“EDITOR'S NOTEBOOK: Public must get involved in bill”

bloc-eric-editors-notebook

The one word on the lips of most Bajans today is corruption.

Be it at the barber shop, on Saturday morning in the Cheapside Market, by the water cooler at workplaces and particularly in corporate suites, this is the word dominating discussion.

The Mia Mottley administration has promised that this will be a front-burner issue, hence its Integrity in Public Life Bill 2018.

The ruling Barbados Labour Party (BLP) is doing the right thing by having a Joint Select Committee on the matter to solicit a wide range of views rather than simply trying to push its version of the legislation into law.

The reality is that this must be legislation with a long arm since the tentacles of corruption cut across both public and private life.

One of the weaknesses of the effort to push the bill is that there is an absence of certain fundamental associated legislation.

There must be whistle-blower protection as well as freedom of information legislation to give real teeth to the lofty objectives.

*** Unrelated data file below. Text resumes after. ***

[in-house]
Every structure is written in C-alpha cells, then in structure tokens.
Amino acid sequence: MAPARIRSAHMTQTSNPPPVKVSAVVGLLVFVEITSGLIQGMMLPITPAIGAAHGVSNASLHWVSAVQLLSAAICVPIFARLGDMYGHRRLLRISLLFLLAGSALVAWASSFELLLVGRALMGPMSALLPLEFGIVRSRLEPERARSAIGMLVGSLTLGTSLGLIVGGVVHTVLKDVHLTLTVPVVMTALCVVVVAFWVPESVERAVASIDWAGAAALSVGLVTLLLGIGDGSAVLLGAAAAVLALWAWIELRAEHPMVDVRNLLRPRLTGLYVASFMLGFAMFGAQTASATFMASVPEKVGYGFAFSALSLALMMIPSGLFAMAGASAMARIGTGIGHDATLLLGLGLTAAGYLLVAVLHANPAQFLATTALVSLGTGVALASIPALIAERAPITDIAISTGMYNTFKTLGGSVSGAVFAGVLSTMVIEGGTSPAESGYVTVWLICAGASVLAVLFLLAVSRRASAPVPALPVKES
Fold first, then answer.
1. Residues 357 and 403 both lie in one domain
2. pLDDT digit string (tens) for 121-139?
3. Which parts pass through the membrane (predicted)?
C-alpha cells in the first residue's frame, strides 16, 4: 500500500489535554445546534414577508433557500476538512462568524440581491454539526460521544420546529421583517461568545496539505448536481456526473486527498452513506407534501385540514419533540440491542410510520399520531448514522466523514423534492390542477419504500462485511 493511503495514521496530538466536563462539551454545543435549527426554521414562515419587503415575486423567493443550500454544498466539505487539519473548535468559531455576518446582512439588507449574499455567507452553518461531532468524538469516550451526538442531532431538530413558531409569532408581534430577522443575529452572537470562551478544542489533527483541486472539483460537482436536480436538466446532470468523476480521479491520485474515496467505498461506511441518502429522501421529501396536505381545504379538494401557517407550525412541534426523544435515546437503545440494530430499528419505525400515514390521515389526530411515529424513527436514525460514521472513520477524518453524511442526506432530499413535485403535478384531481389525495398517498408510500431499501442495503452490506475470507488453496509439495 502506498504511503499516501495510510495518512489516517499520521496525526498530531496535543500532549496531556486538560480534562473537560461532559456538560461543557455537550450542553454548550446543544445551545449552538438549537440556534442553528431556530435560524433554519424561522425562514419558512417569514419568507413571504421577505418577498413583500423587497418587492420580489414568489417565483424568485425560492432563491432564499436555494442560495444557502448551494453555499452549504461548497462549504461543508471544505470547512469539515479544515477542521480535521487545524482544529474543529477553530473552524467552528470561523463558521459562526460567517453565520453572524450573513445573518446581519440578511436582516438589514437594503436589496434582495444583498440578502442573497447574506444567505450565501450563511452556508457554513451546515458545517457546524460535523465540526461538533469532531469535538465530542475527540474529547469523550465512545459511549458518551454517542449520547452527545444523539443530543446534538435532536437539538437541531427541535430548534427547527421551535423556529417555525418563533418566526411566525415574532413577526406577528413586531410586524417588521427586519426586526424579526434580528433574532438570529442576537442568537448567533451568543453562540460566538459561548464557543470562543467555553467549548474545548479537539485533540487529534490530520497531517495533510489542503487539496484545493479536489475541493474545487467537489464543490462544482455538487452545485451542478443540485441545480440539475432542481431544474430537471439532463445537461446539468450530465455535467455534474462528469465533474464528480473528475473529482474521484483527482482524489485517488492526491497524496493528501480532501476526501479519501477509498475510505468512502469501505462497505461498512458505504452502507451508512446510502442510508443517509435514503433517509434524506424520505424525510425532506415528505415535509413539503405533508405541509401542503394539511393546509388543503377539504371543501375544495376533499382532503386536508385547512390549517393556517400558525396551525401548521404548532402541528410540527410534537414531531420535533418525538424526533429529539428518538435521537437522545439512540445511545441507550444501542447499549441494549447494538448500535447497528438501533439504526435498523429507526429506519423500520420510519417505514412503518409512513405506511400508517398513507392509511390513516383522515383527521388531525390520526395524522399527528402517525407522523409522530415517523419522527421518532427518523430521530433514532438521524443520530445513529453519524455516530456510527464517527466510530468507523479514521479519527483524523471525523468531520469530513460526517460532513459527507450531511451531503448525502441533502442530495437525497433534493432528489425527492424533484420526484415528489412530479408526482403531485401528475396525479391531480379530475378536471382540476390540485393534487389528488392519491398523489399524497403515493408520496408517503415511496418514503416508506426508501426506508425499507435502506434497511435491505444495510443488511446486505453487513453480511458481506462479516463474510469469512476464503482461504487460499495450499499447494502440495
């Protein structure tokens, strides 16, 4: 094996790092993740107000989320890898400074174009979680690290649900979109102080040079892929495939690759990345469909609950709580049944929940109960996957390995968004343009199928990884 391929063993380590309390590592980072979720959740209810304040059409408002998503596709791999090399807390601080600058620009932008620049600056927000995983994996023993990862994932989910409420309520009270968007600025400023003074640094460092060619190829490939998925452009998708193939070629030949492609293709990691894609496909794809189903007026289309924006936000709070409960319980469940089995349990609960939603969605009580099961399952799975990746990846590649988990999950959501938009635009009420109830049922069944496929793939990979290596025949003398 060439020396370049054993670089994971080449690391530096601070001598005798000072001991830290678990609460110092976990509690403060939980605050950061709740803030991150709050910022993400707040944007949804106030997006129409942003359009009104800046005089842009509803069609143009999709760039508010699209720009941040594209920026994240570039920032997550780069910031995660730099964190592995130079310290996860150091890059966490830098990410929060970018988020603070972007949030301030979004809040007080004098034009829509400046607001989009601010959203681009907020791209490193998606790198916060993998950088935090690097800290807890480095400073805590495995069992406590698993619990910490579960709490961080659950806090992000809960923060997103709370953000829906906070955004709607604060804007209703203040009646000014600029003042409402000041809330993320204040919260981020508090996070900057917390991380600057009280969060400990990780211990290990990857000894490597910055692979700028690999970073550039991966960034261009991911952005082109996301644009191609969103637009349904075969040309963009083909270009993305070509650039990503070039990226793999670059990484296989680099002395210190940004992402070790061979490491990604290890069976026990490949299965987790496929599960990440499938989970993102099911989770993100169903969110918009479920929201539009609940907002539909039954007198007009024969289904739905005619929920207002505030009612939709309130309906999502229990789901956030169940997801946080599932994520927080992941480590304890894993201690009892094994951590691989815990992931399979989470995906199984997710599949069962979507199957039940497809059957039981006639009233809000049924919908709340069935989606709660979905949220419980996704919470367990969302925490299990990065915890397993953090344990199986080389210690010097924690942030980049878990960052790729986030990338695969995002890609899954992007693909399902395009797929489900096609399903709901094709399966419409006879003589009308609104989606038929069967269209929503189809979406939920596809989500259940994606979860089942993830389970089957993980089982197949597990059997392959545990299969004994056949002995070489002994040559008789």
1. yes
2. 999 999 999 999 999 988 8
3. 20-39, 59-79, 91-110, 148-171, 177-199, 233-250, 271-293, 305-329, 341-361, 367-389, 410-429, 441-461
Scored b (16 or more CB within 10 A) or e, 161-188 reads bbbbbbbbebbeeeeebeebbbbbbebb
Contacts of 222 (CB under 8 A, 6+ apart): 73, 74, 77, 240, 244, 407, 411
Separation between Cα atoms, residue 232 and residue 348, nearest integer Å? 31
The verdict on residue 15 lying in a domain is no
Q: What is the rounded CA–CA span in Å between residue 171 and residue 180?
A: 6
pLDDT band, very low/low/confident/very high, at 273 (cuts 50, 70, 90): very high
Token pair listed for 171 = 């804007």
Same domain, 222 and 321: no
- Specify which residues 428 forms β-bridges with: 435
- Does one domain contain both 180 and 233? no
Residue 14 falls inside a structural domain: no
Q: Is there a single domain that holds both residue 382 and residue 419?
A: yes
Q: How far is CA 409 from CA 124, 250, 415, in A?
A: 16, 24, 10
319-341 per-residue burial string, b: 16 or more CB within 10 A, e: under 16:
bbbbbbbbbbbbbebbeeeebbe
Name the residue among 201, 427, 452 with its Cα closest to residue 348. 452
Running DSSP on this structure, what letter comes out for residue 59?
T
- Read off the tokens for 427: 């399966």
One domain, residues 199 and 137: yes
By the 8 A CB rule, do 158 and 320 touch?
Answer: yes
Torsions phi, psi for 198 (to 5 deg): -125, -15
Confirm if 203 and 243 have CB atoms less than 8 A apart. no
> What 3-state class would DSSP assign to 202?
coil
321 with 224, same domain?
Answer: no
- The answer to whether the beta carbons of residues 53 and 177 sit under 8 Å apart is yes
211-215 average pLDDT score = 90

Any good police investigator will point out that being able to get “those leads” from people is perhaps the most crucial matter in successfully pursuing any investigation. But people will not come forward or willingly give information if they are not guaranteed protection.

Whistle-blowers have played critical roles in the unearthing of dirty deeds in some of the biggest scandals across the world –  Watergate, Enron, Arthur Andersen, JPMorgan Chase, British Petroleum and Bank of America.

Two years ago, a courageous whistle-blower, “John Doe”, helped guide investigative journalists to the Panama Papers, which exposed corrupt dealing from the dubious Panamanian law firm Mossack Fonseca. Without that whistle-blower the world would never have known about those shady business transactions.

People in Barbados have information about wrongdoing, but they are fearful for whatever reasons to come forward.

We in journalism know very well about the fear people have even when the information is harmless.

This is why the other piece of legislation, the Freedom of Information Bill, needs to be discussed in tandem with the Integrity on Public Life Bill.

Public authorities must be obliged to make information available about their activities – except in the case of national security matters – within a certain time frame and the public should have a right to request such information, whether for academic research, by journalists or even people who may have been aggrieved by certain administrative decisions.

Barbadians need to get involved in this Joint Select Committee on the Integrity in Public Life Bill 2018. The public must not sit on the fence with this one. (ES)